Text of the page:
Wednesday, March 28, 2012

Choosing to Hand Write in a Techno World

Most of us can remember the routine of writing spelling words ten, twenty times each week during elementary school. Although this exercise was monotonous and worthy of many a sigh, I understood the reason behind it, that the physical act of writing each letter on blue lines would write it upon my memory as well.

Since becoming a teacher, I've encouraged my own students to use the physical act of writing to draw out those elusive thoughts whenever they're stuck on an assignment, to just spill out whatever comes to mind in formless free writing. Doing such gives form to thought by slowing down the mind to the pace of graphite scratching across pressed wood pulp.

Until the past few months, though, I had never used writing as a tool to understand Scripture or hide it away in my heart. I have read in a dozen versions, cross-referenced Strong's, Vines, and whatever commentaries I could online. But I had never just sat down and hand wrote God's Word, verse by verse, chapter by chapter.

In my most recent study of the book of James, one of Beth Moore's recommendations was to write out the entire book. Knowing how much extra time I don't have, I had almost decided to ignore those blank pages at the back of my student workbook. Then one night when I wasn't quite sleepy enough to turn out the light, I decided I would just write out the first chapter at one sitting. Just one.

As I wrote, I tried to understand what it must have been like to be a scribe, knowing that every word I wrote had to be perfectly copied from the original or else I would have had to scratch or cut out the word or start over and burn the scroll.

Hunched over my writing in serious exercise for only fifteen minutes, I could feel the muscles slightly burn at the back of my neck. No, this wasn't a life of privilege or pleasure. It was rigorous monotony, day after day of just writing.

I wrote the first chapter, then the second and third until all five lay before me. On the last chapter, I made my first mistake, simply scratched it out with a grimace and the realization of just how miraculous it is that the errors in the thousands of Scripture's manuscripts aren't significant or terribly plentiful.

I also realized that just like with my students, this exercise slowed down my mind to where I was forced to dwell on the same phrase repeatedly until I had written the entire sentence. The repetition opened my mind to greater understanding at times, made me feel the author's emotion more than my ordinary study revealed.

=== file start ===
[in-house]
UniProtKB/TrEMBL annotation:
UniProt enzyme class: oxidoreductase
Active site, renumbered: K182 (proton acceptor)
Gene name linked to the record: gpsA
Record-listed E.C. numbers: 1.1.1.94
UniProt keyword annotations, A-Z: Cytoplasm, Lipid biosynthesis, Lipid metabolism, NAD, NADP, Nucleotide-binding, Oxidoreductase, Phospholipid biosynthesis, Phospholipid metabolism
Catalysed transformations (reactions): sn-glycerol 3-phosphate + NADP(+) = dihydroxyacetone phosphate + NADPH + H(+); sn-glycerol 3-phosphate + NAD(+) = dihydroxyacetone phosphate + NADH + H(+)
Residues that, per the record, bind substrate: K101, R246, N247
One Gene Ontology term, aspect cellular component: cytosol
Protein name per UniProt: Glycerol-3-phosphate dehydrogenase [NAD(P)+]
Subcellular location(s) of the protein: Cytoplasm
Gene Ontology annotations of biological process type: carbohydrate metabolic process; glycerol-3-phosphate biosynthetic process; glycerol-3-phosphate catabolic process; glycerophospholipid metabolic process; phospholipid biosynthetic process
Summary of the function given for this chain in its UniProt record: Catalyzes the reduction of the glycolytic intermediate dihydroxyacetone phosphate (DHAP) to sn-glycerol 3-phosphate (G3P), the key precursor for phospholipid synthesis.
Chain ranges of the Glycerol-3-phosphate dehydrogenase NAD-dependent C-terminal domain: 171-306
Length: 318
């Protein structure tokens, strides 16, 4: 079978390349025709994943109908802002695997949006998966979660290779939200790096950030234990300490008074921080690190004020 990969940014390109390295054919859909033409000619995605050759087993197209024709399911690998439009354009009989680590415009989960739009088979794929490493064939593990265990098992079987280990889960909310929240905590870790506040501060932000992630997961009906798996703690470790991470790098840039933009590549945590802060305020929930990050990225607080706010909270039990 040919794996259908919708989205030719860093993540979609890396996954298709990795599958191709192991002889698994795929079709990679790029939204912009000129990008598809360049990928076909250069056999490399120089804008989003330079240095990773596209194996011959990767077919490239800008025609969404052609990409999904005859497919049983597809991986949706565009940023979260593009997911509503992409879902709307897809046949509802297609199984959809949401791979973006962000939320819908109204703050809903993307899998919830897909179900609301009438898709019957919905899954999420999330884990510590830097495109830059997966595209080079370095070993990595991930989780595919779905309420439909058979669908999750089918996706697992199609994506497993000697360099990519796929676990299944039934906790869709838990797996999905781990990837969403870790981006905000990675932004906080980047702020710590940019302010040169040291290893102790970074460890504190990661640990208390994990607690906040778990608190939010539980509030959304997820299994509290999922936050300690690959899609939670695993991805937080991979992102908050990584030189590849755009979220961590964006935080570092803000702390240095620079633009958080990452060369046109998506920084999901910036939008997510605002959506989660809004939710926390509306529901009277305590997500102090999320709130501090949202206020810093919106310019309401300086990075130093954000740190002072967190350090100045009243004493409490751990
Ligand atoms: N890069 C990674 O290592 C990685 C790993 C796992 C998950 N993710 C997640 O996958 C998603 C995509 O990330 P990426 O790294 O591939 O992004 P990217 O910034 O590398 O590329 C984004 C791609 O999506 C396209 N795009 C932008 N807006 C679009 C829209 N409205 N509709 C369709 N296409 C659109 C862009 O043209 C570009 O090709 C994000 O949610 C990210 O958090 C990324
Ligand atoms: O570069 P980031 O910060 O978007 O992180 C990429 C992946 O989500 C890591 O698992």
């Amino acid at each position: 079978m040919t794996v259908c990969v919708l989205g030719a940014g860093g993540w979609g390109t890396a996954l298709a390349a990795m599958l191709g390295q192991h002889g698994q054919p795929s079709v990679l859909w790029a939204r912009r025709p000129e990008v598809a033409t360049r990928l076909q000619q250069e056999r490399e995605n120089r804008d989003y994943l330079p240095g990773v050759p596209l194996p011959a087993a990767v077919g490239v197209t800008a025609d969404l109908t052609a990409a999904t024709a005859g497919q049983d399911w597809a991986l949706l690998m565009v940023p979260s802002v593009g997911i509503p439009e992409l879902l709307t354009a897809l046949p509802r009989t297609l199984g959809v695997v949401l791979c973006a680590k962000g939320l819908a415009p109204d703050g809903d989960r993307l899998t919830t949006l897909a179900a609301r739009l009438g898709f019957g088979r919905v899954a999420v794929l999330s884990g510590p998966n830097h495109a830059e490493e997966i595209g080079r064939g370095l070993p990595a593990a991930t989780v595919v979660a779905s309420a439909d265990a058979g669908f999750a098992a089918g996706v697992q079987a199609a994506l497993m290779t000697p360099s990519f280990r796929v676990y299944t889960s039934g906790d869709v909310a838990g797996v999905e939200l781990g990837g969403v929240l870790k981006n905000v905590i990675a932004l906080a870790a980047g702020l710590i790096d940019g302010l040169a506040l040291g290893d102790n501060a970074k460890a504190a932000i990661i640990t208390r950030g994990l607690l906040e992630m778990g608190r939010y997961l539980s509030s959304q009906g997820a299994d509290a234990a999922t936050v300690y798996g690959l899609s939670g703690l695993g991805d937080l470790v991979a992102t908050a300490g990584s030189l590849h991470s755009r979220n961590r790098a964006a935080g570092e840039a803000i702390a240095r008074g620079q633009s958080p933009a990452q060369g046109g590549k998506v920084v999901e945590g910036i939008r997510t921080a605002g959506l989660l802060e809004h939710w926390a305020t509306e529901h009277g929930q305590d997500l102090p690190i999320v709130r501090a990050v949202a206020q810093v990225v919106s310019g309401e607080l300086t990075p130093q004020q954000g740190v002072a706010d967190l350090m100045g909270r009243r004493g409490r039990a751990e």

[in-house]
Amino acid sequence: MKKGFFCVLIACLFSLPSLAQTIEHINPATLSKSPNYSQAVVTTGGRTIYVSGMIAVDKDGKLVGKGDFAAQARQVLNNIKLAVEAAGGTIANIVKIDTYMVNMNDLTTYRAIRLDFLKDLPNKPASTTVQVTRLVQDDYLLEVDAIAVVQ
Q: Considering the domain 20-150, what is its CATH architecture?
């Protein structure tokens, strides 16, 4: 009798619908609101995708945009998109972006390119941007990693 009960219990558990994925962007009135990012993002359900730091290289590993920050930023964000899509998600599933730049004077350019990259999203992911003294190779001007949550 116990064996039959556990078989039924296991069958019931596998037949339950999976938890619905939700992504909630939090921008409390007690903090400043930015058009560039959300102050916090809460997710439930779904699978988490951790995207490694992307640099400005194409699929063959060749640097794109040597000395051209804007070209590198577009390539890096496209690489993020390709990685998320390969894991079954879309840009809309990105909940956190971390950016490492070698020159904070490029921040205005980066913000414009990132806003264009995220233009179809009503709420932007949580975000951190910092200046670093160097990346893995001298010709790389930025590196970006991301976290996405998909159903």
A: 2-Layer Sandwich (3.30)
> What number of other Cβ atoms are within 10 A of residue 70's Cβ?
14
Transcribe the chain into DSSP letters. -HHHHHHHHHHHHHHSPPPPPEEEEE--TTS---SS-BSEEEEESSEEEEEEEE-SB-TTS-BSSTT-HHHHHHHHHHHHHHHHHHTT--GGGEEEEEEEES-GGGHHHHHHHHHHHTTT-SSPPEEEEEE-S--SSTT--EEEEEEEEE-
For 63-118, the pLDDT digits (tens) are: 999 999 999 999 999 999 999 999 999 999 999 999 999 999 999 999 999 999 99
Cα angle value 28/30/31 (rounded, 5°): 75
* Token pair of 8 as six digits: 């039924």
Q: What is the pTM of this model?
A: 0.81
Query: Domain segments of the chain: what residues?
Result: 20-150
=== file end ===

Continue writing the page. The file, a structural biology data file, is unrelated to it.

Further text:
In our type and click culture, hand writing is no longer revered for its value in making our brains process information differently, more analytically. It's nothing magical, though. It simply comes down to the numbers, to how much information we're asking our brains to process at once.

According to Wikipedia, most typists average between 50 and 80 words per minute (wpm), while some average 120. Because my job requires much typing, when copying text, I type 105.4 wpm.

Compare this to hand writing. The average person copies text at 22 words per minute.

Twenty-two words for my brain to dwell on each minute versus 105.

It makes me wonder how much of God's voice I don't hear because my brain is exceeding the speed limit, not because I'm trying to rush but rather because it's just more convenient (and faster) to type up my thoughts.

I think I'm going to try and find more of those 25 mile per hour zones and see what I've been missing, maybe even choose another book of the Bible to hand write next.

Joining in community with a few fellow bloggers this week.

Welcoming Spirit Blog Hop


  1. I love this :) In grad school, we acted out whole books of the Bible, in a class called "Performance of Biblical Text" and I found it to be another interesting way of understanding the stories and words. It's rare to hear a whole book, even rarer to see the stories in front of you. I'd love to have you join my blog hop with this post. :) Hope you stop by!
    Paula at Welcoming Spirit